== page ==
• A Chicago-area middle school student’s graduation speech parodying every presidential candidate has gone viral. (ABC13)
  • Charter schools turn 25 this year. Here’s where the growing and diverse sector of publicly funded but privately managed schools stands. (EdWeek)
  • A new study found that teen birth rates rose in the 1990s at schools that handed out condoms but didn’t teach students about safe sex. (Slate)
  • Journalist Nikole Hannah-Jones reflects on — and readers respond to — her story about her own family’s place in New York City’s segregated school landscape. (New York Times)
  • “The Turnaround Principal” left Shabazz High School in Newark abruptly, and now his replacement is winning fans. (Hechinger Report)
  • Could a key to making school quality sustainable be shared leadership? These co-principals think so. (Chalkbeat)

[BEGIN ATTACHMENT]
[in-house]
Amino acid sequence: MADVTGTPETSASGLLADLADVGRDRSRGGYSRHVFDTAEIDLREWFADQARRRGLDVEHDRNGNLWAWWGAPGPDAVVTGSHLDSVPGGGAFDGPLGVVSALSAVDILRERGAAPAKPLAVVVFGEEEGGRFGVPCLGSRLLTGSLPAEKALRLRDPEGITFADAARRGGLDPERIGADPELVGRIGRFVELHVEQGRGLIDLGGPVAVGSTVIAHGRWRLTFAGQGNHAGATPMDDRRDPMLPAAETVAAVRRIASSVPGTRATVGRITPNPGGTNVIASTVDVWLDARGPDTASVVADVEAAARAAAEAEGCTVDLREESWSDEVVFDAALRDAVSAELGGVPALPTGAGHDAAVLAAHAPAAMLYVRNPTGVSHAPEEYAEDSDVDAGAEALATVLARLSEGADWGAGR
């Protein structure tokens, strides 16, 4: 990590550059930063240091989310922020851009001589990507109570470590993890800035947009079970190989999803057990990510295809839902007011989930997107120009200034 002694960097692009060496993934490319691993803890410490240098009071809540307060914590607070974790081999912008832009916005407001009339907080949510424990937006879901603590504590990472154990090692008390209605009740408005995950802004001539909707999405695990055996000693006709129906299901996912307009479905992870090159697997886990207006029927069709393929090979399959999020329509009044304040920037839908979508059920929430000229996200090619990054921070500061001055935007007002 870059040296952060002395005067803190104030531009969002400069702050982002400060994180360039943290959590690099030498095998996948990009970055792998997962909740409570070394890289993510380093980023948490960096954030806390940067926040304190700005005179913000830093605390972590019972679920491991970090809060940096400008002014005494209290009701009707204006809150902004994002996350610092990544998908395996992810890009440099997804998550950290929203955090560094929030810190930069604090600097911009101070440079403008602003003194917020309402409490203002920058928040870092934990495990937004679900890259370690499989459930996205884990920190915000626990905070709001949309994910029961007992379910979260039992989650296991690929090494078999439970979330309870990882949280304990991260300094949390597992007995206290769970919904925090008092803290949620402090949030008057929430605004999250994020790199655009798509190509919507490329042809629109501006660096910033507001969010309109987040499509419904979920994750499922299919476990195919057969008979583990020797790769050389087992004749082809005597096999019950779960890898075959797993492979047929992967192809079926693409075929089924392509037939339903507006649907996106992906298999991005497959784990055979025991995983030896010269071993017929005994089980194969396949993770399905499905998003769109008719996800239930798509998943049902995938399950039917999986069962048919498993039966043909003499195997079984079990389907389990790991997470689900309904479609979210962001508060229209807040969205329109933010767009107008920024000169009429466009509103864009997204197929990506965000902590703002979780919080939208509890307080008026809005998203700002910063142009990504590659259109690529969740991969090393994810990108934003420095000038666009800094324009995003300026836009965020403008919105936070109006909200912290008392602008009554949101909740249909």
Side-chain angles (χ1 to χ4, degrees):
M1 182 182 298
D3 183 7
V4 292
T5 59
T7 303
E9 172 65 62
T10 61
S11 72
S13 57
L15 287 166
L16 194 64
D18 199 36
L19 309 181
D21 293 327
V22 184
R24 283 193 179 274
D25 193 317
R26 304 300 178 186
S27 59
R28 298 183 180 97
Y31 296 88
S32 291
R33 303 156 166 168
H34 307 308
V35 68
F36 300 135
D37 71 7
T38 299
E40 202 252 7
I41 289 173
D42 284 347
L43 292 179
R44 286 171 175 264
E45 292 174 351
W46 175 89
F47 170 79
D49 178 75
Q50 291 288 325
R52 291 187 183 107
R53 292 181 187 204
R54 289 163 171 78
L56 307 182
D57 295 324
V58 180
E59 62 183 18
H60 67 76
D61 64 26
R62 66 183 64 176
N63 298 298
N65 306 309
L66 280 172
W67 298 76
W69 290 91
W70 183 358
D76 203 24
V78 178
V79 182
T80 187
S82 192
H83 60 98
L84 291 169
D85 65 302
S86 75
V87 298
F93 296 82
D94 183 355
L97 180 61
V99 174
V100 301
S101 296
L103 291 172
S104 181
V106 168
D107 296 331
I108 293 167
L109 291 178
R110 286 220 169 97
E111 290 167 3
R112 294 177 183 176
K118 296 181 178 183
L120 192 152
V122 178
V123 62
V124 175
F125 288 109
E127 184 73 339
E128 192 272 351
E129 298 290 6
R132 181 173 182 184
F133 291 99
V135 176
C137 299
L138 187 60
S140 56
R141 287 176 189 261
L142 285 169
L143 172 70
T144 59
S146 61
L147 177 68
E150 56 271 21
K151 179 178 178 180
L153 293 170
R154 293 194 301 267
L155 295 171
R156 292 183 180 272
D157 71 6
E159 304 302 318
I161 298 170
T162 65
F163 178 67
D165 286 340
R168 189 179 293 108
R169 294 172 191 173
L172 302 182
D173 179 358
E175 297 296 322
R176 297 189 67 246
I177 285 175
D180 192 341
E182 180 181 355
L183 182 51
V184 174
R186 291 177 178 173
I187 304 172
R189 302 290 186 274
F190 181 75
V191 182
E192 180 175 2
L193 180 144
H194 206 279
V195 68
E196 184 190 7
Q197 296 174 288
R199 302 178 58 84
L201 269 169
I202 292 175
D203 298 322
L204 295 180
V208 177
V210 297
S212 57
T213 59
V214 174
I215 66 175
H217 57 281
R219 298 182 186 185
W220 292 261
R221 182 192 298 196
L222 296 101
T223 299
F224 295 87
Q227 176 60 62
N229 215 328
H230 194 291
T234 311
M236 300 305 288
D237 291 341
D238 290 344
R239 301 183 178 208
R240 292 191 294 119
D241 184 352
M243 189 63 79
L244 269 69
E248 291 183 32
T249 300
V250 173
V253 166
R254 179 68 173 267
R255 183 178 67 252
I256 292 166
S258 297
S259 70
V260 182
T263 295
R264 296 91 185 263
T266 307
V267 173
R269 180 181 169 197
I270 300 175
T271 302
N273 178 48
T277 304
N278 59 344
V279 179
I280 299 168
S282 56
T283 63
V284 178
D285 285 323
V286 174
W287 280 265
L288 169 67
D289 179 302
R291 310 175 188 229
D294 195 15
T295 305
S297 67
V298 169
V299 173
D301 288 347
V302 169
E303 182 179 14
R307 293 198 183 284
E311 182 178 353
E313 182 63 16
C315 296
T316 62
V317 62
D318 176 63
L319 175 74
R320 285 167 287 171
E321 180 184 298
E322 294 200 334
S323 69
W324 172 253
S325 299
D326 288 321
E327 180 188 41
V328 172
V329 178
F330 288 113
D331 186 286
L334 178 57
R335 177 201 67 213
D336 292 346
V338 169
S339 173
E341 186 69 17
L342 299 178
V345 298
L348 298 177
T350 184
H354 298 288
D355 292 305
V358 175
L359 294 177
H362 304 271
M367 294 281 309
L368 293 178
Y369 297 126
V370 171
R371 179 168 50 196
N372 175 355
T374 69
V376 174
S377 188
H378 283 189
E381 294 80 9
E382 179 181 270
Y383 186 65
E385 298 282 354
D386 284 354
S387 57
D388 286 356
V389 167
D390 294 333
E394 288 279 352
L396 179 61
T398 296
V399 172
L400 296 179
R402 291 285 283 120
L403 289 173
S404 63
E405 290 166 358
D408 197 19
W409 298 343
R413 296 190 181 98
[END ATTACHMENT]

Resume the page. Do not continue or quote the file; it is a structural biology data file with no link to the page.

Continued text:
• A new report concludes that Gates Foundation-funded efforts to improve teaching in Hillsborough County, Fla., could be paying off, just slowly — kind of like in Memphis. (Tampa Bay Times)
  • In the wake of the devastating shooting in Orlando, here are some unfortunately familiar tips for talking to children about tragedy. (Answer Sheet)
  • A cognitive scientist weighs in on the “grit” debate, saying it’s one of many important traits for students to develop. (AFT)
  • An effort is underway to expand the idea of “inclusion” for young adults with disabilities to the workplace. (The Atlantic)
  • D.C. parents will commute nearly seven miles daily to get their kids into better schools, according to a new study. (Mathematica)